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New Zealand’s national intelligence agency has investigated a China-born sitting member of parliament in connection with the decade he spent at leading Chinese military colleges.
Jian Yang, an MP for New Zealand’s ruling National party, spent more than 10 years training and teaching at elite facilities including China’s top linguistics academy for military intelligence officers, the Financial Times has learnt.
Since being elected in 2011, Mr Yang has been a big fundraiser for the National party. He has consistently pushed for closer ties with Beijing and for international policies and positions echoing those of China’s Communist party.
The fact he has served for six years in the governing party of a member country of the US-led “five eyes” intelligence alliance raises questions about western preparedness to deal with China’s increasingly aggressive efforts to influence foreign governments and spy on them.
“China has been very active in recent years placing and cultivating people at the grassroots political levels of western democracies and helping them to reach positions of influence,” said Christopher Johnson, a former senior China analyst at the US Central Intelligence Agency now at the Center for Strategic and International Studies in Washington.
Mr Johnson warned that while Beijing appeared to see New Zealand as a softer target than countries such as the US and UK, “it may also be using it as a testing ground for future operations in other countries”.
Mr Yang, 55, lived in China until he was 32. No information about his Chinese education or military background is included in his official biographies in New Zealand or those published when he was an academic at Auckland university.
He served on New Zealand’s parliamentary select committee for foreign affairs, defence and trade from October 2014 until he was replaced in March 2016. As number 33 on the National party list for the September 23 general election he is very likely to be returned to parliament for a third term under the country’s mixed member proportional electoral system.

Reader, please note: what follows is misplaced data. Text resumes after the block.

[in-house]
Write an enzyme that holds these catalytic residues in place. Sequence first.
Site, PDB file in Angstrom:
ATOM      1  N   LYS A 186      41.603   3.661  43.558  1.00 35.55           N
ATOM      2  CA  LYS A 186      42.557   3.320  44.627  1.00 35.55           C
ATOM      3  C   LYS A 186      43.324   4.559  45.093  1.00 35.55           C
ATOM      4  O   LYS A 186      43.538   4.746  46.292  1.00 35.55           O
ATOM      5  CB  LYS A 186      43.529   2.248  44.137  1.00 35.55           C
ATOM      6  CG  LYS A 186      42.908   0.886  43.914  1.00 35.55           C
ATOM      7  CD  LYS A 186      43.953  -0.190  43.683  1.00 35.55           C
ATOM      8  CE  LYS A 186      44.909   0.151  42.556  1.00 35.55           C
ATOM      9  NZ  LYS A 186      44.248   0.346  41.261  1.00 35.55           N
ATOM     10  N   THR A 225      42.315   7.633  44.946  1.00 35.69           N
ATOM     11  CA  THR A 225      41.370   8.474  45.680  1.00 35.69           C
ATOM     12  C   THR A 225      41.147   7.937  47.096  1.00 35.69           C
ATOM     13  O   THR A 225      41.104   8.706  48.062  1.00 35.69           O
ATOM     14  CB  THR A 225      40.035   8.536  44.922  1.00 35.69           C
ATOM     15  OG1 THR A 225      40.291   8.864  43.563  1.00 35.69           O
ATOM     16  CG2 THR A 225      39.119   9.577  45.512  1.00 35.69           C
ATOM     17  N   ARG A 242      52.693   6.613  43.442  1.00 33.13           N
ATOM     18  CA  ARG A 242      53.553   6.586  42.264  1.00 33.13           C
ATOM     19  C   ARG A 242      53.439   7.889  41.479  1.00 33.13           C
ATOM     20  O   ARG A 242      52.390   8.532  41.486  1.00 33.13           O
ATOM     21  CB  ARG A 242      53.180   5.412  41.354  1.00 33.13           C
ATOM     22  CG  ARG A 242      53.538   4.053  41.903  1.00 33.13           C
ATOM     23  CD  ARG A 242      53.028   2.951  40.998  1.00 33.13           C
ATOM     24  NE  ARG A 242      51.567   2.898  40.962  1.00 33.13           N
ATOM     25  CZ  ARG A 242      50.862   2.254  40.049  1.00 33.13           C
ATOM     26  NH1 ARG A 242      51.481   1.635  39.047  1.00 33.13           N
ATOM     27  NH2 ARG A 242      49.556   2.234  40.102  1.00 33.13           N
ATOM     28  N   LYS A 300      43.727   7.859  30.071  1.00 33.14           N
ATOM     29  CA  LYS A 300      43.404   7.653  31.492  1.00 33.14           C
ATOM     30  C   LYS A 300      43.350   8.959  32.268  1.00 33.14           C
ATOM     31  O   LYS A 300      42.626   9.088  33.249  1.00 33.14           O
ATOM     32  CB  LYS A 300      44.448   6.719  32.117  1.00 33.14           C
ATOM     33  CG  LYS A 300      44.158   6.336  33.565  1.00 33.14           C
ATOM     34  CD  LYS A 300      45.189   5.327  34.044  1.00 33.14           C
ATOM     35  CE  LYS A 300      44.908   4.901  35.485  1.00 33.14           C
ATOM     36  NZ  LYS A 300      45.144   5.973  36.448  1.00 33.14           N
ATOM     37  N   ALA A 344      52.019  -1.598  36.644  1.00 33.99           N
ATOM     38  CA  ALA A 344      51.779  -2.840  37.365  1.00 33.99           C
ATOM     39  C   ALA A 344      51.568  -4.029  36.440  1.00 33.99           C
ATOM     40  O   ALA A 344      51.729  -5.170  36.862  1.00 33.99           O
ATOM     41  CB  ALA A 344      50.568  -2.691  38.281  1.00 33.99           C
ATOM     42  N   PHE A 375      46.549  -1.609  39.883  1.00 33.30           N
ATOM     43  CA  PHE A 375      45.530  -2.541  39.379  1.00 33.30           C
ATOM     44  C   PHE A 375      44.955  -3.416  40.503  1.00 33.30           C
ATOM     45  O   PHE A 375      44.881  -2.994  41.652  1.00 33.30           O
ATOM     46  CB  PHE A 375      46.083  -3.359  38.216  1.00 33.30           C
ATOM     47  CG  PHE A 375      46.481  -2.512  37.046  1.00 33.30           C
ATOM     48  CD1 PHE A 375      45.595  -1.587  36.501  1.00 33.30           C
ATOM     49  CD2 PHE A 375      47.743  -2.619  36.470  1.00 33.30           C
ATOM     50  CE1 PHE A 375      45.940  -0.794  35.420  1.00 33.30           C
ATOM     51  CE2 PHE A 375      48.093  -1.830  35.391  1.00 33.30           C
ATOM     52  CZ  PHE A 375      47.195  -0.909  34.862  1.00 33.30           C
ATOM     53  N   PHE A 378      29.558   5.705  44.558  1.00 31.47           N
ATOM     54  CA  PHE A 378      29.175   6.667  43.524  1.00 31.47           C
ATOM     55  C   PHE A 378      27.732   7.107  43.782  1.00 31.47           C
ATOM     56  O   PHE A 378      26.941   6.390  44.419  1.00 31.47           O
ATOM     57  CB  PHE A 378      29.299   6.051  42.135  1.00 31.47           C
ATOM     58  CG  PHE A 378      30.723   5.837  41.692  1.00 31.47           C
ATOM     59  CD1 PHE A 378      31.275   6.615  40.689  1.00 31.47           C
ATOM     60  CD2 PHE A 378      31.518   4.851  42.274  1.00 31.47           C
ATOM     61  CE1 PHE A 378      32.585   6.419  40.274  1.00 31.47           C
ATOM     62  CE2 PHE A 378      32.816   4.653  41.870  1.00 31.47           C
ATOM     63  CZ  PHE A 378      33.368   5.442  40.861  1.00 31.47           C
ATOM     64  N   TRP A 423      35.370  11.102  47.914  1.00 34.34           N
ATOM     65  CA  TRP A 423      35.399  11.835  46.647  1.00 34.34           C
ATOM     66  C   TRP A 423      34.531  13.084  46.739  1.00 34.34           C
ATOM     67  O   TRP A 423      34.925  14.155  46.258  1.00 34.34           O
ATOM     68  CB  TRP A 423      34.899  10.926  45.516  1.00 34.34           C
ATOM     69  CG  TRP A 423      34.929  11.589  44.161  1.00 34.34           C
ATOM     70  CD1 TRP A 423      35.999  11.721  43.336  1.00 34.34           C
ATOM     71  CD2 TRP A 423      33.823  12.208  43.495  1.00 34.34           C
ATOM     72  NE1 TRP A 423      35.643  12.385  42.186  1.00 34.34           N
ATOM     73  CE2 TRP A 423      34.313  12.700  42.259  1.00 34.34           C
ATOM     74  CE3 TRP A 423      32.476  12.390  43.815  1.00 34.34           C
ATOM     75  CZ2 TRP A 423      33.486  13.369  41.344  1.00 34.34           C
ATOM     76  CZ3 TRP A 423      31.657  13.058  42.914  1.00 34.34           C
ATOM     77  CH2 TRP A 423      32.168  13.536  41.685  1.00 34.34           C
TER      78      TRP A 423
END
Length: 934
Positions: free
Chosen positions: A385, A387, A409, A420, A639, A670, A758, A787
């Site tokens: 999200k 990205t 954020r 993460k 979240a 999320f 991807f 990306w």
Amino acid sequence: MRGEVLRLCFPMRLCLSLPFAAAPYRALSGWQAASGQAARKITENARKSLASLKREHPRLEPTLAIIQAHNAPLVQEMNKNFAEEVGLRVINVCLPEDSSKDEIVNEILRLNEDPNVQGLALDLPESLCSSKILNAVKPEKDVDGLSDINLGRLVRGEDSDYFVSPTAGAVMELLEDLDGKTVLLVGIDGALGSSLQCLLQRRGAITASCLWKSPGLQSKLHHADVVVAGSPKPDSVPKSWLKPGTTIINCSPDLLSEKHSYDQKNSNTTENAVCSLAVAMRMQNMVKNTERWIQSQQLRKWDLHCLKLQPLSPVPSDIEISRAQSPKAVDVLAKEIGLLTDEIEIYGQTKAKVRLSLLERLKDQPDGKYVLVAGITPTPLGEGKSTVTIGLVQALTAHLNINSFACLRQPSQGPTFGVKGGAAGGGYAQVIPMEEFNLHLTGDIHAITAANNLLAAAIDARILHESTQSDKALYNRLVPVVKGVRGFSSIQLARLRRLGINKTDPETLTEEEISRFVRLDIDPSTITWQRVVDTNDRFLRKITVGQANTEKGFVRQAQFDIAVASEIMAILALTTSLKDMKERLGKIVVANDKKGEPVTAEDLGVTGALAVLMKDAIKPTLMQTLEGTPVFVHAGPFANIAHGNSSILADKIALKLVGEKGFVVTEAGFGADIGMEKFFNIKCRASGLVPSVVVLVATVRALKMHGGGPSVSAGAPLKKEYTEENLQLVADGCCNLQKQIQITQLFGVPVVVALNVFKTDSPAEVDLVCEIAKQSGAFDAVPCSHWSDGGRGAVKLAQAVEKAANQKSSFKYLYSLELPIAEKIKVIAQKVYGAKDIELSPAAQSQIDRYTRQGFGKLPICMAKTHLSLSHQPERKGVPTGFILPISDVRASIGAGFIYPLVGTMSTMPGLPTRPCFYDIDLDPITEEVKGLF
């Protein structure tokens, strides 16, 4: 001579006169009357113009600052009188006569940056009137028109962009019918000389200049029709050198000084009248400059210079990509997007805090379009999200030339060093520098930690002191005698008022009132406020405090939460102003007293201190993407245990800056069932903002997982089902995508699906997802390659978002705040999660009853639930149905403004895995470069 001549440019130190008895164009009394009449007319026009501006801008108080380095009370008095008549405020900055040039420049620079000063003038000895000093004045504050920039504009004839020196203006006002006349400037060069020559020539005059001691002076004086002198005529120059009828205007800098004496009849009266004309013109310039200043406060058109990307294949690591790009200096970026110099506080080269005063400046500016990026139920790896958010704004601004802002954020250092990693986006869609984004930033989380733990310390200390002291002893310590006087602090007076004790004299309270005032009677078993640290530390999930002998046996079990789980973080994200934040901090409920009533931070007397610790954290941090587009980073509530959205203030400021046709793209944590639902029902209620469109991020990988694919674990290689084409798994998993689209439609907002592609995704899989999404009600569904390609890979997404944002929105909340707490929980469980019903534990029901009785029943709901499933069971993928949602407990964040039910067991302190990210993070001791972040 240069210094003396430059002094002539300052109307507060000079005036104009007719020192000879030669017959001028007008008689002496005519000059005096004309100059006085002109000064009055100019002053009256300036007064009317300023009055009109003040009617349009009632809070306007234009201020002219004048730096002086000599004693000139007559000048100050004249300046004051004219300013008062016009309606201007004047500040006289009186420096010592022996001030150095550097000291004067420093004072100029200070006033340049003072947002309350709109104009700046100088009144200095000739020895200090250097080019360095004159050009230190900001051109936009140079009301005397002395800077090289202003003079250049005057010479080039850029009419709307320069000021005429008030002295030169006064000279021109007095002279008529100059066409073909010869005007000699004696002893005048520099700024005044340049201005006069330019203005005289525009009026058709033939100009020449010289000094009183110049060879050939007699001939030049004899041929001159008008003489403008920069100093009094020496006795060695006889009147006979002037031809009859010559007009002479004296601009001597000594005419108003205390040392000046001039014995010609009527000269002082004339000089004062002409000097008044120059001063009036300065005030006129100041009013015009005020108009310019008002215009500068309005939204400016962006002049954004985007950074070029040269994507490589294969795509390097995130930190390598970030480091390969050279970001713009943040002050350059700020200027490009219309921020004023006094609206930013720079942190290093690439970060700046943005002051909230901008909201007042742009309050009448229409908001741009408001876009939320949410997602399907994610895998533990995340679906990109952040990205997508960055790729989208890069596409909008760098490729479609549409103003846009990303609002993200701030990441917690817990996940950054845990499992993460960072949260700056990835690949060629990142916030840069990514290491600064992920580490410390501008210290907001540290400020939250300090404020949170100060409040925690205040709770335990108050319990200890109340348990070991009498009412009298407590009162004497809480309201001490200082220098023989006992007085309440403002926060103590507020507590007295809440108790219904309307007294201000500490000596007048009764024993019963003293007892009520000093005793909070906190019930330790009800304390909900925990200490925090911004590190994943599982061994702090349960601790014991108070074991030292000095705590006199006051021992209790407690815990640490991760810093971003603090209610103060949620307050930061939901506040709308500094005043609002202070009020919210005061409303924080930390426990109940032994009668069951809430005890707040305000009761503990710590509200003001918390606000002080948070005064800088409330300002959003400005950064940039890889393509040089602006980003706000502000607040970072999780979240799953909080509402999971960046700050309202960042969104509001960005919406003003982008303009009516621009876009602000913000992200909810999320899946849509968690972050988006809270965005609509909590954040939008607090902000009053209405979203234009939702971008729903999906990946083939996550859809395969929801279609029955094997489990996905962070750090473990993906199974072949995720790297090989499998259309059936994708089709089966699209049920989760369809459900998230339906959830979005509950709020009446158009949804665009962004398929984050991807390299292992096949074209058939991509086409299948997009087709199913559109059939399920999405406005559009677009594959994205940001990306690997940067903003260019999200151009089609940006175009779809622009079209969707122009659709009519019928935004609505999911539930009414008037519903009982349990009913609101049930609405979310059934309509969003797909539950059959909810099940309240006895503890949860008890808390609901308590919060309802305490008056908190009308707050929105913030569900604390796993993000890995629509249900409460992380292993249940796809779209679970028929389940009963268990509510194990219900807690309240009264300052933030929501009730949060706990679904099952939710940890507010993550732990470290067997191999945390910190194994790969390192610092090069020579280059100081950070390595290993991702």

Mr Yang on Wednesday insisted he was loyal to New Zealand, said the reports about his background were a “smear campaign” and suggested that anti-Chinese racism was the motive.
At a press conference in Auckland after the FT published its investigation, Mr Yang said he had never been a spy but acknowledged serving as a “civilian officer” paid by the Chinese military and training people who went on to be intelligence officers.
“If you define those cadets or students as spies, yes, then I was teaching spies,” he told reporters. “I don’t think so. I just think they are collecting information through communication in China.”
It remains unclear how much of Mr Yang’s links to Chinese military and intelligence academies were known to top government officials, and what measures they took to protect sensitive national security secrets if his ties had been uncovered.
Peter Goodfellow, president of the National party and the person who recruited Mr Yang, said his background was “public knowledge” in New Zealand and he had “no idea” about an investigation by the country’s Security Intelligence Service (SIS).